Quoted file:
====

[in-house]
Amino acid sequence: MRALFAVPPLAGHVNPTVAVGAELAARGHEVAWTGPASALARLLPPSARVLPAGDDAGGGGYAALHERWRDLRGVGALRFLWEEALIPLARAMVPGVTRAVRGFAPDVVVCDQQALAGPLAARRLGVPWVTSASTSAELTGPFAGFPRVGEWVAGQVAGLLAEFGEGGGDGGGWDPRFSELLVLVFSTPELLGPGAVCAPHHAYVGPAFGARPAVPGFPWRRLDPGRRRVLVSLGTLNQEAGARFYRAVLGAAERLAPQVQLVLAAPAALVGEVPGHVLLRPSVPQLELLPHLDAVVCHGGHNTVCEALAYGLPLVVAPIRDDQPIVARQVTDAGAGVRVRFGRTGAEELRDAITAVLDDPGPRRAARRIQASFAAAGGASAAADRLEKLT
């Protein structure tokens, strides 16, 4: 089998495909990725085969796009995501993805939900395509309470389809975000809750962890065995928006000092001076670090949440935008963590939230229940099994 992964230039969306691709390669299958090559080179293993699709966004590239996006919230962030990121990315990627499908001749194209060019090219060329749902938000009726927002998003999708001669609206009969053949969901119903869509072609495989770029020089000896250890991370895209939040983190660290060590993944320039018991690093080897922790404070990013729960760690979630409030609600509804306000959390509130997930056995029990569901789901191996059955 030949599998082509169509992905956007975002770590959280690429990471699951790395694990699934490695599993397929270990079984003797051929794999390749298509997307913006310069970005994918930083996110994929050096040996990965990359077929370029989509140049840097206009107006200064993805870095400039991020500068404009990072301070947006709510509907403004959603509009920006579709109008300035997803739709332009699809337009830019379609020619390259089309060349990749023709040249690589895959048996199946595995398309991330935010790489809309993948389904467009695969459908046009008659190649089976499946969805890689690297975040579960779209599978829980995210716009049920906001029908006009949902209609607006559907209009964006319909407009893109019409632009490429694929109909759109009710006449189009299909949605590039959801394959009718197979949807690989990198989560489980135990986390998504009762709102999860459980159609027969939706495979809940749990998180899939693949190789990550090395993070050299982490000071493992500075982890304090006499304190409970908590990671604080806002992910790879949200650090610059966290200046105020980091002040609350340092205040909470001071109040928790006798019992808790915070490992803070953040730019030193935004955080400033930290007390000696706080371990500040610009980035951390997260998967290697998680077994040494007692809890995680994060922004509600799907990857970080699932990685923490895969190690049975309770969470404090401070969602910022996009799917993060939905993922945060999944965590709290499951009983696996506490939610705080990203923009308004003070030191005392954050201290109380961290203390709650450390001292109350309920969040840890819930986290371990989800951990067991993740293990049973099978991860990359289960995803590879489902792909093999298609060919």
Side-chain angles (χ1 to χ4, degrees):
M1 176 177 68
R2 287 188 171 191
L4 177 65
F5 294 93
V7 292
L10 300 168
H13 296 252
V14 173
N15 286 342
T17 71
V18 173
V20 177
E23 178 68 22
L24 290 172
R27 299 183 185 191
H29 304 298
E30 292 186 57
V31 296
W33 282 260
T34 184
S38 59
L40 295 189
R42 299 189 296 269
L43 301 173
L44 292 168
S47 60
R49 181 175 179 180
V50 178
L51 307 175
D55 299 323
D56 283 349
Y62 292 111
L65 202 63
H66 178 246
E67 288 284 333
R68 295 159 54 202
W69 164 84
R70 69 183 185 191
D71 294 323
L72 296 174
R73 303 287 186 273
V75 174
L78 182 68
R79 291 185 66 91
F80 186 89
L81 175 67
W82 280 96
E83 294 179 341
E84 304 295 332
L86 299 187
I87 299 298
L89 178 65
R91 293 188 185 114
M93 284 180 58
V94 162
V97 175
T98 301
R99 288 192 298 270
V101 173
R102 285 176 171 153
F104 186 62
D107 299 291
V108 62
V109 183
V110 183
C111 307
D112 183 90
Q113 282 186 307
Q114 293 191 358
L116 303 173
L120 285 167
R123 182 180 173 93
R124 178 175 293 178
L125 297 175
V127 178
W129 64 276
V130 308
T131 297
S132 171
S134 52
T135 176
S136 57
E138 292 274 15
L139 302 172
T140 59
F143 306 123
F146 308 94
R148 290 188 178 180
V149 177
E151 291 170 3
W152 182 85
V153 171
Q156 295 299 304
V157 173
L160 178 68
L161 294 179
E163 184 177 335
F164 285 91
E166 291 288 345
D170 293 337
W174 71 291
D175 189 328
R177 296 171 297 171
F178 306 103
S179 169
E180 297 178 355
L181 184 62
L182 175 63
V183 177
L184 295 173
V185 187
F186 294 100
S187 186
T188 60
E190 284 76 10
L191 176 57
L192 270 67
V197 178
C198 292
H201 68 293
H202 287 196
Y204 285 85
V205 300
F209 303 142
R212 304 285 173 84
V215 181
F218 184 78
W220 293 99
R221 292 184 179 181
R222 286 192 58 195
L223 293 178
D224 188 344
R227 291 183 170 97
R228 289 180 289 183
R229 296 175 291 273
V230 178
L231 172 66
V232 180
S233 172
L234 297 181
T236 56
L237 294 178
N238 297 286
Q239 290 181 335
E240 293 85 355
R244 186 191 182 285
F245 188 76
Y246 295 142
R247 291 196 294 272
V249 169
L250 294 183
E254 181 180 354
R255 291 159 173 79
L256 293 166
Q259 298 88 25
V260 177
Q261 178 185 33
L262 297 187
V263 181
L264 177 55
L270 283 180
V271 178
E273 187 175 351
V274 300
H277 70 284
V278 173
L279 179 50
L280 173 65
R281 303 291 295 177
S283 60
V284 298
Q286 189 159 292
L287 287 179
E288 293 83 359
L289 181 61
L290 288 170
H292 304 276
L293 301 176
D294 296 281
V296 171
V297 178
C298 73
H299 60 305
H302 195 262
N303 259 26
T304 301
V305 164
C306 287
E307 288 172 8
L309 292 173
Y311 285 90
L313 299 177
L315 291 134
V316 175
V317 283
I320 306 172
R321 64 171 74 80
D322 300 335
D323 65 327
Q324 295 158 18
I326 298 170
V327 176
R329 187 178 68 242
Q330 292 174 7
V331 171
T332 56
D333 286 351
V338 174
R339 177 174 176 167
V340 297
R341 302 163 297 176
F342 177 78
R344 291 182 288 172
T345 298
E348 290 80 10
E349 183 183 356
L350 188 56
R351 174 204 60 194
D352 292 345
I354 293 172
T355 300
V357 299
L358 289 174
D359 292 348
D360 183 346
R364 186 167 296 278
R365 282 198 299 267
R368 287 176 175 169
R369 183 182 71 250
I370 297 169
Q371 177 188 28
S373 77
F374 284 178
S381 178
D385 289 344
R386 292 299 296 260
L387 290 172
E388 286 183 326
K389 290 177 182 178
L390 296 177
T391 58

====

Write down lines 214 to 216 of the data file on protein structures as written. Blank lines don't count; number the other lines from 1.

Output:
V340 297
R341 302 163 297 176
F342 177 78